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- Wind Sorceress Kagura from InuYasha uses a fan as medium to cast her wind attacks.
- Temari of the Hidden Sand Village carries a comically large folding fan on her back, which she uses for all of her wind ninjutsu. When folded it also makes for a passable club given its bulk.
- Both Tobi and Madara Uchiha also use a comically large gunbai fan often as an Epic Flail attached to a chain and a medium for barrier ninjutsu.
- Ginkaku and Kinkaku use a legendary feathered fan themed after one from Journey to the West that allows them to use all five elemental ninjutsu.
- Transformers: Go!: Hishoumaru from Swordbot Shinobi Team has a fan as weapon for his wind attacks.
- Syaoran's mother Yelan in the first Cardcaptor Sakura movie used a fan as a medium for her magic when she destroyed the Big Bad's barrier.
- Tenka from Laughing Under the Clouds uses a tessen (see Real Life examples below) to great effect. It allows him to pass as an unarmed civilian and be scarily dangerous at the same time. The fan itself is mundane, but Tenka being the 14th Head of the Cloud Shrine ties the whole thing back to the wind motif.
- Tasuki from Fushigi Yuugi also uses a tessen in battle, and combines it with his Playing with Fire powers.
- In Brave10, Yukimura fights Date, who is armed with a BFS, with only his everyday fan. By the sequel, Isanami has learned this skill too, as seen in her fight against Izumo no Okuni.
- In Drunken Master II, Jackie Chan's character Wong Fei Hong brings a folding fan to the final battle, which he uses to great effect against a Giant Mook, and then becomes inspiration for him in the fight against the Big Bad.
- A triad assassin from the third Rush Hour movie carries one that is loaded with knives that she can also remove and throw.
- Madame Blossom from The Man with the Iron Fists also carries a fan with several knives hidden in it for the Final Battle.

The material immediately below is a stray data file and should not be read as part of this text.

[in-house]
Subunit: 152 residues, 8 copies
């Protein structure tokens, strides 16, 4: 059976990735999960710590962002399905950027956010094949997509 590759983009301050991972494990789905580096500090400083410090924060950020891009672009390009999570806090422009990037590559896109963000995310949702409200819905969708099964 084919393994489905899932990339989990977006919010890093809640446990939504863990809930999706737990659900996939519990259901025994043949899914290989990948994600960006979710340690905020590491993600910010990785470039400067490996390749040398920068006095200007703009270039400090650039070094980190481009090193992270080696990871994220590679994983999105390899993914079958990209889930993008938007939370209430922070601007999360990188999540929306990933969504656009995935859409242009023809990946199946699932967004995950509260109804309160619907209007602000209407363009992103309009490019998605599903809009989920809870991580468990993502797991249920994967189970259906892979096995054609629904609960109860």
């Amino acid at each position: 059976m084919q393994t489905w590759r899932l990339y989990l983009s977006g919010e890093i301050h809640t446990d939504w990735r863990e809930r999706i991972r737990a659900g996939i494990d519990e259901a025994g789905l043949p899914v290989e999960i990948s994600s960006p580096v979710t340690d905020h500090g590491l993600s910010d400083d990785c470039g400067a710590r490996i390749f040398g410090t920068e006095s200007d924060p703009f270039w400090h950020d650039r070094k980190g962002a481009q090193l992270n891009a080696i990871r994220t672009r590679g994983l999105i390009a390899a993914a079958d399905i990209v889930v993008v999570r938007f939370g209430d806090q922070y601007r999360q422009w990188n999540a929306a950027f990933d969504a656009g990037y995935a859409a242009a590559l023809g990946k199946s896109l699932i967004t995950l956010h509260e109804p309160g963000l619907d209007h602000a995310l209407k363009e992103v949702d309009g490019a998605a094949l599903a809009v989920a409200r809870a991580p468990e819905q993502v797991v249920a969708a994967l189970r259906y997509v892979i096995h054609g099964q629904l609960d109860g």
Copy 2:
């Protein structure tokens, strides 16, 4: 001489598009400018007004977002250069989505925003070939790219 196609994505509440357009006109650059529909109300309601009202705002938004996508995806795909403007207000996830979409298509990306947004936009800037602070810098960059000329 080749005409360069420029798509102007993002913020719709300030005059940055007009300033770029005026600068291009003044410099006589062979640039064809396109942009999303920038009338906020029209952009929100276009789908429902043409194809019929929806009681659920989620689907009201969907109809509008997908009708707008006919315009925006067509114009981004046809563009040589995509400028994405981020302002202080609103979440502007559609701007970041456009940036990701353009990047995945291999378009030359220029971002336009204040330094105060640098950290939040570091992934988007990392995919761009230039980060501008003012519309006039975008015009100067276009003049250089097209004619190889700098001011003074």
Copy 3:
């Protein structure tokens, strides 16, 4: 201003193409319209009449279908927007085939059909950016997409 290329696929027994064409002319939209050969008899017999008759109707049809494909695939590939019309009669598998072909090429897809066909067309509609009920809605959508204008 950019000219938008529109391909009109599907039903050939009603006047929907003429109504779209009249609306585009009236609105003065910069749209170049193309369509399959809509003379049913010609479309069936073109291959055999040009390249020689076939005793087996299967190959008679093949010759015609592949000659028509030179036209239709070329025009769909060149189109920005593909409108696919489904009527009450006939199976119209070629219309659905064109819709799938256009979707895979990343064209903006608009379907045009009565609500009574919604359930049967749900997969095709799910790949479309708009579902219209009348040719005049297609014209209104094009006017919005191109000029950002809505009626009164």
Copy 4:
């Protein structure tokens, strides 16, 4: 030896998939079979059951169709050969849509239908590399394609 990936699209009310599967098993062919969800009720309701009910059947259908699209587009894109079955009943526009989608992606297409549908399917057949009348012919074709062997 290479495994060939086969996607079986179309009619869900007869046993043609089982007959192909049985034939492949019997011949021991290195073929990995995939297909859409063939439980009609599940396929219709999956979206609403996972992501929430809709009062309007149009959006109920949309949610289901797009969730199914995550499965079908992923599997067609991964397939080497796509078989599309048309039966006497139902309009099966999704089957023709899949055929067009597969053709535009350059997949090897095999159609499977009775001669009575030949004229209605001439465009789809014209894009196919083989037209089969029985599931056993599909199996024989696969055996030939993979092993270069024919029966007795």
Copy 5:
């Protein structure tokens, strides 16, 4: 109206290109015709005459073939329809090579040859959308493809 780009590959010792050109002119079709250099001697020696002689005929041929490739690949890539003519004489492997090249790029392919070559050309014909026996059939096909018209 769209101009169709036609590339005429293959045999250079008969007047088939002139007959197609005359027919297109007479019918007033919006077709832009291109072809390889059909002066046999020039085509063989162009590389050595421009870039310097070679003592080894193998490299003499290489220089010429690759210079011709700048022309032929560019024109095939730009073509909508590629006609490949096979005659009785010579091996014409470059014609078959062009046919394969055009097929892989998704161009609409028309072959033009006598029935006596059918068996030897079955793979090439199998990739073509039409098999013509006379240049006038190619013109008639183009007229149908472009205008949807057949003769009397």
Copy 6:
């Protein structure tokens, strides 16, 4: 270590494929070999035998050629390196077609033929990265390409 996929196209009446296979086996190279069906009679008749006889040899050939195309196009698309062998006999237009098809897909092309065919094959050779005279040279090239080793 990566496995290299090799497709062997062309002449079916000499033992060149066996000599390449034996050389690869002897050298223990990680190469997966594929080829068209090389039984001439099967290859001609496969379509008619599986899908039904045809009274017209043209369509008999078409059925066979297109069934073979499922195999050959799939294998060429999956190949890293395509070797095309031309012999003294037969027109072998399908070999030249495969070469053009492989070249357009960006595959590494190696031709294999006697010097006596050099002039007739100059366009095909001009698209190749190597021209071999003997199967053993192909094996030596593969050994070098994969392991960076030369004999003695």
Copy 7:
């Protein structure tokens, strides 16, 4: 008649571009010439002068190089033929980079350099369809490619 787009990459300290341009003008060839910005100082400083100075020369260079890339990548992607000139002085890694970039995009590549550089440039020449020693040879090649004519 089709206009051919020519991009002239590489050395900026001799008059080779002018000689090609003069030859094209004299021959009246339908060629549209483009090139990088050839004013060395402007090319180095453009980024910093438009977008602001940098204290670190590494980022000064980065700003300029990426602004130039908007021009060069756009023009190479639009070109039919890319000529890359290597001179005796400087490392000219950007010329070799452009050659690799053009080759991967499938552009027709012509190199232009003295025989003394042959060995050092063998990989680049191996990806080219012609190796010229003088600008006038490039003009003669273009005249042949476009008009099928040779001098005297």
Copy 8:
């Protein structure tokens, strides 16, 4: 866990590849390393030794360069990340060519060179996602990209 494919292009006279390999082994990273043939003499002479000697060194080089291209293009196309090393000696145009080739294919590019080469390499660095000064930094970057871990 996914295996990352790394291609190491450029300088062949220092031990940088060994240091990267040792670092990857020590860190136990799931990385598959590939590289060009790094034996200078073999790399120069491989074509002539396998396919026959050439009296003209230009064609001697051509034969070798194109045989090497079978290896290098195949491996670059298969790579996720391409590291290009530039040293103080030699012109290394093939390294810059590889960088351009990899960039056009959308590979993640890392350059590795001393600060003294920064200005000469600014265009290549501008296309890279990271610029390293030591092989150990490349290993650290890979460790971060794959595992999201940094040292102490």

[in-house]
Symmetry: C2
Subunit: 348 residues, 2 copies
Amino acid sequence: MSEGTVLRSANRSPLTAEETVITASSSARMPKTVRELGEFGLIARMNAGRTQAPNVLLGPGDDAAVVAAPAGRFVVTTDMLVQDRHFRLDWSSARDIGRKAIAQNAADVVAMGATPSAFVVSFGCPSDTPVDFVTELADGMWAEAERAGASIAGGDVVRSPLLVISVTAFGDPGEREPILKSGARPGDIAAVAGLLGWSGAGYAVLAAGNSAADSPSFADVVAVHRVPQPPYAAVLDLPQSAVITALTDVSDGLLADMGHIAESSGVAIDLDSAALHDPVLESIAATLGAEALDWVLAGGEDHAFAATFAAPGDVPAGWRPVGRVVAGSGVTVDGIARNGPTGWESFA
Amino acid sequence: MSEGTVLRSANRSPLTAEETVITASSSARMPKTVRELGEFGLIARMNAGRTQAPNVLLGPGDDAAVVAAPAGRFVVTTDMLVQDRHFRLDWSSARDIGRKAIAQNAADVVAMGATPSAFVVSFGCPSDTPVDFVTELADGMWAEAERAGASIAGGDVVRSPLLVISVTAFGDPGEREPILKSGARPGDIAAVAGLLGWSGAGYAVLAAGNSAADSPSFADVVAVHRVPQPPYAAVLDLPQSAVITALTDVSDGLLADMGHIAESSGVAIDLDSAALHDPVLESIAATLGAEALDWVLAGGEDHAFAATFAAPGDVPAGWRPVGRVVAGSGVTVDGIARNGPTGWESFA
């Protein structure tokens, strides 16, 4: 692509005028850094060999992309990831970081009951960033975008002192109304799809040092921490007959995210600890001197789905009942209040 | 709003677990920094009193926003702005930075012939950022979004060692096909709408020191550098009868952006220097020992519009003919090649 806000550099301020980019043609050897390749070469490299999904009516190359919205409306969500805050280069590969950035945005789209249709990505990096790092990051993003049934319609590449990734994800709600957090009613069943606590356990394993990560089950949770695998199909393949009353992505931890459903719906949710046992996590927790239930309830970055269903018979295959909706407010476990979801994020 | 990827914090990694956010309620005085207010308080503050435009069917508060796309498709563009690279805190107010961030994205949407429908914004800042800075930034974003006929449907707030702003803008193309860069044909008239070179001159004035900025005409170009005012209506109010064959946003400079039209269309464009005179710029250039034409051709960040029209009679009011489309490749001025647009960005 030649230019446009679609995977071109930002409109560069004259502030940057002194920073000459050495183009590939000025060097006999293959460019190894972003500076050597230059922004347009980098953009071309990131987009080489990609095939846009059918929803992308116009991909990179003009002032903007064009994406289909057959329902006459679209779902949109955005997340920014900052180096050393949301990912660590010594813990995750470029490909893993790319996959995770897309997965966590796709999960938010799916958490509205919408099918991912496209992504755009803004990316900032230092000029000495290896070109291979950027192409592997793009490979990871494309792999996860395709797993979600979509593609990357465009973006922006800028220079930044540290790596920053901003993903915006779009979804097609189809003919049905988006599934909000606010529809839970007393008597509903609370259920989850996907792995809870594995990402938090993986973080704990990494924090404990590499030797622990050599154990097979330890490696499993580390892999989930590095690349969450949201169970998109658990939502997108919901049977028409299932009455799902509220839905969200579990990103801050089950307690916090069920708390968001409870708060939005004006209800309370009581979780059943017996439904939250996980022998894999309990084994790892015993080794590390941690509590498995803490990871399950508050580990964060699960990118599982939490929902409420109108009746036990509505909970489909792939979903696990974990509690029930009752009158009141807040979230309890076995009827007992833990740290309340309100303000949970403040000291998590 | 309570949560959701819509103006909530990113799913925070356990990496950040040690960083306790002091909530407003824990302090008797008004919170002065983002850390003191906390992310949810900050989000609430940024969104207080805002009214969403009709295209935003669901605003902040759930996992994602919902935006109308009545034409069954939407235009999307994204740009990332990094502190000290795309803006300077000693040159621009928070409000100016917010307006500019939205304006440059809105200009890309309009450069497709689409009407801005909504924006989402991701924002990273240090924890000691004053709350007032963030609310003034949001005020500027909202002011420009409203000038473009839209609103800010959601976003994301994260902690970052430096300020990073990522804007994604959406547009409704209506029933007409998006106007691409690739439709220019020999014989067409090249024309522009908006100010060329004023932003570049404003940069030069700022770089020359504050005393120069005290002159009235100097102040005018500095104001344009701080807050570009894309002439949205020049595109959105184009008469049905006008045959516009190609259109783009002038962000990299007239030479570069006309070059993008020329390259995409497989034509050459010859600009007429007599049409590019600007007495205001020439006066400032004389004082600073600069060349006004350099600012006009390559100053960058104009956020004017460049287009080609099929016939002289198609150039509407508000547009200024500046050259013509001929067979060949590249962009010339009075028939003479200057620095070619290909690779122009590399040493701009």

- Sylvia from Brotherhood of the Wolf slits a woman's throat with a serrated fan.
- In From Dusk Till Dawn, one of the vampire prostitutes opens a guy's throat with a razor fan in the first wave of everything going to hell.
- Downplayed example in Mulan. The fan itself isn't a weapon, but Mulan uses it to disarm Shan-Yu.
- Shen (a peacock) uses his tail feathers like one in Kung Fu Panda 2. As a trained hand-to-hand combatant, however, he uses it primarily to disorient opponents and conceal his attacks rather than using it directly to attack with.
- In the Tortall Universe, high-class ladies in the Yamani Islands (a Fantasy Counterpart Culture of Japan) carry these as a concealed weapon.
- Older Than Steam. Princess Iron Fan from Journey to the West used her giant palm leaf to fight Sun Wukong.
- Sano Ichiro: One of the sharpened-rib variety is used to attack the shogun himself at the beginning of The Iris Fan, setting the final events of the series into motion.
Live Action TV
- Dungeons & Dragons
- Basic D&D supplement The Book of Marvelous Magic. The Fan Club is a magical fan that damages creatures it hits as if it were a plus 2 club.
- 1st Edition supplement Oriental Adventures. The gunsen is an iron war fan that can do a couple of Hit Points of damage to an opponent and can also act as a small shield, thus improving the user's armor class. It is normally considered an emergency weapon.
- Pathfinder has the "Fighting Fan" (essentially a tessen) and three types of enchanted fans; Black (magical gusts of wind), Red (suppresses magical light or darkness effects) and Wind (a weaker version of the black fan, which can break if it's overused).
- Legend of the Five Rings has fans - both folding metal tessen and broader gumbai - as weapons. In the game's Fourth Edition, being moderately skilled in war fan use allows the wielder to ignore multiweapon penalties when using one in the off-hand. The weapon is more commonly used by generals and commanders to coordinate troop movements; however, those skilled in the use of the weapon often use it as a defensive device as well.
- One group of ronin, titled "the Tessen" after their weapon of choice, actually wield the fans as they patrol the city of Toshi Ranbo. A decree by the Crane Clan forbids any swords but their own to be carried openly in the city; the ronin who have appointed themselves to patrol the town therefore wield the fan, since it can easily be disguised as just that.